Actually, the diagnostic fault code did not say to replace a part. They never do. Fault codes only indicate the circuit or system that needs further diagnosis, or the unacceptable operating condition. When a part is referenced in a fault code, it is only the cause of that code about half of the time. You also have to consider grounded or broken wires, stretched or corroded connector terminals, and mechanical problems related to that part.
In this case a typical failure would be a tight fan motor that overheated the control module which shorted and blew a fuse or fuse link wire. That would require replacing three parts. You may have replaced one that was needed, but that's as far as you went.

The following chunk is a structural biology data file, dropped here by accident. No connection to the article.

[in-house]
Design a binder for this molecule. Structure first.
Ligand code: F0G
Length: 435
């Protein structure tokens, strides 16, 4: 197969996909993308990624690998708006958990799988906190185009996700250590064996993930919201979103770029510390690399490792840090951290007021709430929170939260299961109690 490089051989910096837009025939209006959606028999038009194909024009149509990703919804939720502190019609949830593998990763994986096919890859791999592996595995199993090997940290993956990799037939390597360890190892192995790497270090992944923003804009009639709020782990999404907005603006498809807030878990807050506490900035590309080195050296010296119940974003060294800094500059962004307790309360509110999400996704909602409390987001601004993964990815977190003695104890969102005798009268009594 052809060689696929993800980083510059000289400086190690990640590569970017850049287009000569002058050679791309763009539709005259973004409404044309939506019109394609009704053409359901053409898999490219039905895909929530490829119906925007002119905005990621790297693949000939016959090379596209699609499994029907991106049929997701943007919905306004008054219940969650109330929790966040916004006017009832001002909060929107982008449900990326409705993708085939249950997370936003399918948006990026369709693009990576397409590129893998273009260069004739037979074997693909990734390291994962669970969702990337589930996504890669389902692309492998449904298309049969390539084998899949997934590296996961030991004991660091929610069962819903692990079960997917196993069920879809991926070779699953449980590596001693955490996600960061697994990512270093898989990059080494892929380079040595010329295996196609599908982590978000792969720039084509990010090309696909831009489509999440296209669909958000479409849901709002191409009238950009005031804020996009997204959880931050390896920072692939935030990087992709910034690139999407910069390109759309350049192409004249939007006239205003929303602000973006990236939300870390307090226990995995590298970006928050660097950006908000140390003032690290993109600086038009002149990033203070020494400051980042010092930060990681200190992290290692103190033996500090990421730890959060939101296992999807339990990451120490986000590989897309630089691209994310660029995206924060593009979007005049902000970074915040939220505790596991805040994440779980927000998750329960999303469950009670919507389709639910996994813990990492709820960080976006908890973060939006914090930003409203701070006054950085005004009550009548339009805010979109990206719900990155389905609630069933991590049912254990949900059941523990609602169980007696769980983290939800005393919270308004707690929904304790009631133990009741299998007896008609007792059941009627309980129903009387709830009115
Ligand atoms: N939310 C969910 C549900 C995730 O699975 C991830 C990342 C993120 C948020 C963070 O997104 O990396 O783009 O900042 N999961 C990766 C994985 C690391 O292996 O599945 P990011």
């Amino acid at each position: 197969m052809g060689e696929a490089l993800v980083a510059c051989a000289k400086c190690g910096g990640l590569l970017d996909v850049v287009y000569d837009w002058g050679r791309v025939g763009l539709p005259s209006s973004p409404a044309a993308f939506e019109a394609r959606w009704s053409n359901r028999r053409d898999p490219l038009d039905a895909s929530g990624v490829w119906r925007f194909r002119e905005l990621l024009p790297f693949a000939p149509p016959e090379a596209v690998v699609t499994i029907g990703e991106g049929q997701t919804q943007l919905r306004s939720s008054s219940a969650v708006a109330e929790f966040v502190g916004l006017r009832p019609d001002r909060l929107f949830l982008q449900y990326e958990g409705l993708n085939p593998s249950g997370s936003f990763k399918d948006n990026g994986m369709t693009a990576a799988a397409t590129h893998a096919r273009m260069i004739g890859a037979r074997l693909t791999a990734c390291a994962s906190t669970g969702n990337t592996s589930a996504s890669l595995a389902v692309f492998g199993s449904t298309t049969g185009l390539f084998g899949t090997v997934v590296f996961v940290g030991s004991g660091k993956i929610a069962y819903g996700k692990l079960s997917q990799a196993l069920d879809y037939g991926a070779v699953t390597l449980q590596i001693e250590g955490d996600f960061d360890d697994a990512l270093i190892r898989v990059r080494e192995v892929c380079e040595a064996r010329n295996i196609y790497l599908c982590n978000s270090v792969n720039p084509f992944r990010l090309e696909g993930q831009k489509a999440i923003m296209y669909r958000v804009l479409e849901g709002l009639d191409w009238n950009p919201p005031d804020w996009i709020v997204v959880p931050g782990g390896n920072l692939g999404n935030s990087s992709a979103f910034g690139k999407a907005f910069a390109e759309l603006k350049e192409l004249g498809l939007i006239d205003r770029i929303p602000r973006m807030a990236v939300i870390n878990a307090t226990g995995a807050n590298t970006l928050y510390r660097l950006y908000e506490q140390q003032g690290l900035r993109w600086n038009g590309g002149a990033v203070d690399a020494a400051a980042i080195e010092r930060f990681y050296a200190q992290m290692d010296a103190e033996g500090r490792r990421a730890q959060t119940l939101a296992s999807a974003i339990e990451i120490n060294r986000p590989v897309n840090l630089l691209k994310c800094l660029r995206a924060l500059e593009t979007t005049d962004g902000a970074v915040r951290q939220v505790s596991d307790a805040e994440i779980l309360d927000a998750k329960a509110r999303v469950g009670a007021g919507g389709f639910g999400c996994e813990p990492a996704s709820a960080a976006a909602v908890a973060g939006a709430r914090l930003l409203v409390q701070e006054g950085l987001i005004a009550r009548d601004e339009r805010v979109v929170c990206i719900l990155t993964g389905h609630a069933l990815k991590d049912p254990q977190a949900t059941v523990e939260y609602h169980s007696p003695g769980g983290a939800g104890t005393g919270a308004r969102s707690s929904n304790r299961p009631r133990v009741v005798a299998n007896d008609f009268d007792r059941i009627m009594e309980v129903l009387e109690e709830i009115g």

The people at auto parts stores are not the ones to call for advice. They understand how to find and sell parts, not diagnose and repair problems.
Monday, August 3rd, 2015 AT 11:35 PM